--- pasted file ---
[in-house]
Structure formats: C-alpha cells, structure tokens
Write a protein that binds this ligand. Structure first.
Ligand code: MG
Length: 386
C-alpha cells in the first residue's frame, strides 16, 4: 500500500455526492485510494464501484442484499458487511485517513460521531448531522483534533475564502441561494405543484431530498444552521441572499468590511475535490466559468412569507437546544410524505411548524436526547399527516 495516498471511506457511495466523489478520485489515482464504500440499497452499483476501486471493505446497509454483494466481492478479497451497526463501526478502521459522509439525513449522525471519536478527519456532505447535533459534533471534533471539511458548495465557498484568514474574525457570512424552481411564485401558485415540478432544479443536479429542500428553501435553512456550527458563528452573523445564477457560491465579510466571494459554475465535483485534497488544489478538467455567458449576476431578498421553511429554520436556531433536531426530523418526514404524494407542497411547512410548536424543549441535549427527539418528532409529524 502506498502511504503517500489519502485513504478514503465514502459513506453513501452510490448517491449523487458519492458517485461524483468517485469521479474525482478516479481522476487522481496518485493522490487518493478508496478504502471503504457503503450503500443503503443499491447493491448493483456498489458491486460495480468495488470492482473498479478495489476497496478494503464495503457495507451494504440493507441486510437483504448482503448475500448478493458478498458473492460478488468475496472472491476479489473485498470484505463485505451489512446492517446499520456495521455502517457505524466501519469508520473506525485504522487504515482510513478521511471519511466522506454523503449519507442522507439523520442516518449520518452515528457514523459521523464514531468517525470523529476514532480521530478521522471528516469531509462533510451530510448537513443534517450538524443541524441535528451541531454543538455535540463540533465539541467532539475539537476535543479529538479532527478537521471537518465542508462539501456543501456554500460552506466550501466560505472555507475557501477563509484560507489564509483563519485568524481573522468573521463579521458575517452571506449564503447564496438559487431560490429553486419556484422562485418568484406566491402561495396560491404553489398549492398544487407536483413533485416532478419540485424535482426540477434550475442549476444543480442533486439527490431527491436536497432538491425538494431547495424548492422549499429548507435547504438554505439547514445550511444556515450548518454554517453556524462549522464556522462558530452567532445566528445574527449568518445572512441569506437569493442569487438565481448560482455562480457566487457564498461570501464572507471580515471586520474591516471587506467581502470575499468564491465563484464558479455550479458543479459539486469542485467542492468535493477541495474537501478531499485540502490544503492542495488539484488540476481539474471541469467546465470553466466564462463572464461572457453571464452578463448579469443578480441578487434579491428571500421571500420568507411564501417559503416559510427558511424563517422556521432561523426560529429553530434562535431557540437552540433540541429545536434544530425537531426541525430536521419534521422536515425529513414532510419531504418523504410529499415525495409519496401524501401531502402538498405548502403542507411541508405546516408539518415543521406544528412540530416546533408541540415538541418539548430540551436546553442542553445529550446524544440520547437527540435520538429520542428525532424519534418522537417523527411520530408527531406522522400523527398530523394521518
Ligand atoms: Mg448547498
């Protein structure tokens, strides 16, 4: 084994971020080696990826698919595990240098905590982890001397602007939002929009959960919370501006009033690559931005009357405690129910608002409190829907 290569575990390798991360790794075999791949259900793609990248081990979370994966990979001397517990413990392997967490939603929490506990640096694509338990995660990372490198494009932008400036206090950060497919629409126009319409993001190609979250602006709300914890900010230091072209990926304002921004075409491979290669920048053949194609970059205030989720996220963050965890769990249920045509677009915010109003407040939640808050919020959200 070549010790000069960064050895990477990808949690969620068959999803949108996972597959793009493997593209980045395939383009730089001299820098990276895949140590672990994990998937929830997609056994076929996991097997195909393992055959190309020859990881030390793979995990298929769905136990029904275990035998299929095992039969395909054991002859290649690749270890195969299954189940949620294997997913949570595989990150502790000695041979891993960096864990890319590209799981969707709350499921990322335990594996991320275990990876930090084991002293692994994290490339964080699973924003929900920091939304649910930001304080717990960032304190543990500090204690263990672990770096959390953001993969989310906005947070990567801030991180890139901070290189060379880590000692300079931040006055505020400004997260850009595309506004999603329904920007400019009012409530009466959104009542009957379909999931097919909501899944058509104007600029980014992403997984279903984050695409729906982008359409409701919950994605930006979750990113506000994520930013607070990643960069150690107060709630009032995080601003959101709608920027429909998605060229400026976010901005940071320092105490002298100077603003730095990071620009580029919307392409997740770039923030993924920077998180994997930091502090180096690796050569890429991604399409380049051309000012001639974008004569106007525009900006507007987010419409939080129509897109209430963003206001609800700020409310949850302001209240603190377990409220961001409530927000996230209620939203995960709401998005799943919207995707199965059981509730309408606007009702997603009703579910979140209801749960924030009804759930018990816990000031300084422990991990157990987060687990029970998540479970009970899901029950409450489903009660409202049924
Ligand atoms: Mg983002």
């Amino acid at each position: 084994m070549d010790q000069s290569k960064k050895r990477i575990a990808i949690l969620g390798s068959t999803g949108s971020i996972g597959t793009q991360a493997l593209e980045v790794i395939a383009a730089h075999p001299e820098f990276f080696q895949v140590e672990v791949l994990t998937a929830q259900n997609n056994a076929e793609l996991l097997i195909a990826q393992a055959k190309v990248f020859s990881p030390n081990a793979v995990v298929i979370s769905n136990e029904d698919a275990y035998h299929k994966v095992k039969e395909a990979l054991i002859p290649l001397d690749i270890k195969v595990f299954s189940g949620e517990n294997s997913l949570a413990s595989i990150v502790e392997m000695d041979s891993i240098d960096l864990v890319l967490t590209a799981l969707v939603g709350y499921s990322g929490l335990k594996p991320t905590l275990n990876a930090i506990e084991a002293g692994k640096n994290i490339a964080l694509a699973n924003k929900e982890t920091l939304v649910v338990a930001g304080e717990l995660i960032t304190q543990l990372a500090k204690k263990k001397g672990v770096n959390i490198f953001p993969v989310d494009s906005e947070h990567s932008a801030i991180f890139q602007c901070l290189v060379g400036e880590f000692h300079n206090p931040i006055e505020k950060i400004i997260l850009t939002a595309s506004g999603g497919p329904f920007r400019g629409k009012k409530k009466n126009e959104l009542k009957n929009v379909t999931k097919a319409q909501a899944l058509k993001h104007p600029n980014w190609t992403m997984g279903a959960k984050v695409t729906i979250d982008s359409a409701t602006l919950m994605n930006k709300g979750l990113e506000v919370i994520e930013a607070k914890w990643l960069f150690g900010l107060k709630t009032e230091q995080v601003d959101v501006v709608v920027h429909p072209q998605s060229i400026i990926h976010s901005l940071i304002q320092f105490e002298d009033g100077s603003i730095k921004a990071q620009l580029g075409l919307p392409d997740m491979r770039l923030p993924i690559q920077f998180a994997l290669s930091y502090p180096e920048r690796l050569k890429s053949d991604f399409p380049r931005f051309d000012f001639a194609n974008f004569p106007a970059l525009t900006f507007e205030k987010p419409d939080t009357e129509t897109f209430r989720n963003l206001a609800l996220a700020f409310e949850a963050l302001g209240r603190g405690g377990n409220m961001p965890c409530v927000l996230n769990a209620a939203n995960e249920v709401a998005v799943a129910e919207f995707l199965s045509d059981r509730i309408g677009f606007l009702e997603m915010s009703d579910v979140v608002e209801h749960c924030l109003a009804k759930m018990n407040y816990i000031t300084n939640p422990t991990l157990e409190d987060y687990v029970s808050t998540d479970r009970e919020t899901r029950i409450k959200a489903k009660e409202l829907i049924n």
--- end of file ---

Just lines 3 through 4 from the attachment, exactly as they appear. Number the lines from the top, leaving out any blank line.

Write a protein that binds this ligand. Structure first.
Ligand code: MG